Thursday, April 21, 2011

GERMANY - A school to celebrate the successful integration

On Friday afternoon, in Freiburg, southern Germany, the primary school is celebrating the launch Regenbogenschule courses for adults. In the hall, three cellists play a sonata by Handel. Facing them, five men sit in the front row, all bear Turkish names. In the second row, wearing colorful scarves, five women listen attentively.

The Regenbogenschule is a private school that opened its doors last summer. The first class of nine students. They are all children of immigrants, two of them have German mothers. The school is supported by the academic platform of Freiburg, an association founded by Turkish immigrants.

In town, it is referred to as "Turkish elementary school", to the chagrin of its founders, who would be open to all children. The school's principal, Özdemir, the presidents of the association, and Tuna Türk, and parents are all what might be called immigrants models: they regard themselves as a part of German society.

Özdemir grew up in the neighborhood of Trebizond [port city of Turkey on the Black Sea]. She followed her parents in Germany at the age of 16 and studied educational science, sociology and psychology. She remembers the advice of educational guidance service: "It would be nice to see more of Turks working in the social sectors." Özdemir's mother comes from an academic and his paternal grandparents were wealthy farmers.

"I know the conflict between modernity and tradition," said Özdemir. It is the conflict in which children of immigrant workers in Germany have grown. One member of the academic platform, Ilhan Cicek, 24, who runs a small kebab restaurant, knows whereof he speaks: "During my schooling, my father never attended a parent meeting.

My mother went there, but she did not speak German. " At the Regenbogenschule, courses are taught in German. Moreover, the teacher is German. Once a week only, Özdemir teaches Turkish to children because many have never learned. For them, it's a dilemma: many of them really well or learn their mother tongue nor German.

Yet launches Kemal Turk, 40, board member of the academic platform, "we are in Germany for longer than Angela Merkel." A joke, but that speaks volumes about the mindset of the founders of this school. Kemal worked at a wholesaler of Turkish products in Freiburg and his boss, Züriya Selvi, 42, is also a member of the institution.

Like other Turkish businessmen of the city, Züriya helped make possible the opening of the facility by making a donation. These men are doing exactly what all companies want their immigrants: they are involved. That did not stop the prejudices of rocket. The newspaper Stuttgarter Zeitung headlined one day: "Islam under the banner of the rainbow?" [Regenbogen, the school's name means "rainbow"], while another newspaper, the Schwarzwälder Bote, in an article entitled "Between Islam and Integration", talked of a "supposed link" of association with Fethullah Gulen, a Turkish preacher who lives in the United States and preached for "building schools, mosques, because there is enough".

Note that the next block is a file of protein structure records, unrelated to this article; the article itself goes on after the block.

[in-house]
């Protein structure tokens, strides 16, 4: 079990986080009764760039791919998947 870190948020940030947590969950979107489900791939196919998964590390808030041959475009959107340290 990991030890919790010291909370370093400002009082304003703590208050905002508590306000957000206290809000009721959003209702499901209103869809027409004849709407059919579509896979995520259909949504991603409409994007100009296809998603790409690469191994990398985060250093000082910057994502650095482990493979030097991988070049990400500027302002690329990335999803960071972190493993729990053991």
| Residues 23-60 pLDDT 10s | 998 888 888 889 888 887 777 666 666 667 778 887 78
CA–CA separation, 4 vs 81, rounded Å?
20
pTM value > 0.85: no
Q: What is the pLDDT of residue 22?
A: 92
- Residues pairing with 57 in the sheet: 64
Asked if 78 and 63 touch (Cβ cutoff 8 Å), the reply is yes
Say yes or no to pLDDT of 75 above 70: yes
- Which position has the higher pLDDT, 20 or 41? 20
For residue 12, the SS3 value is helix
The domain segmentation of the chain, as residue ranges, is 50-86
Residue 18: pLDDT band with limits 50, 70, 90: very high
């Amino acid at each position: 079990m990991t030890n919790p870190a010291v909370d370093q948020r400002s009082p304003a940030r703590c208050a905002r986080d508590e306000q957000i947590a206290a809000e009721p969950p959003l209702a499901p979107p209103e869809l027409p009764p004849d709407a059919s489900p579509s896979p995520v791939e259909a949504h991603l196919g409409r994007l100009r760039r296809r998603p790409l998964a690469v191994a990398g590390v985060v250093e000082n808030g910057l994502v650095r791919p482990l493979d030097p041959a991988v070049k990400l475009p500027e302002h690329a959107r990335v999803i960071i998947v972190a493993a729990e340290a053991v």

Gülen's followers regard him as one of the few models in education among Muslims. Others believe that his only goal is to Islamize Western societies. Whatever one thinks of Gülen, one thing is certain: there is no teaching of Islam to Regenbogenschule. "Investing in the education of our children requires us to spend less money for our own needs," said Hafiz Dogan.

For their daughter is attending school, she and her husband pay 270 euros per month. But they chose this property because the care of children is better, and also their safety. They also believe that the public school their children would be less likely to succeed. We can estimate that their motivations are exaggerated or irrelevant, but the fact remains that these people are neither durable nor to the integration of the marginalized.

They just attach great importance to the education of their children and society in which they live. This summer, the Regenbogenschule open its second class. All hope of German parents will register them as their children.

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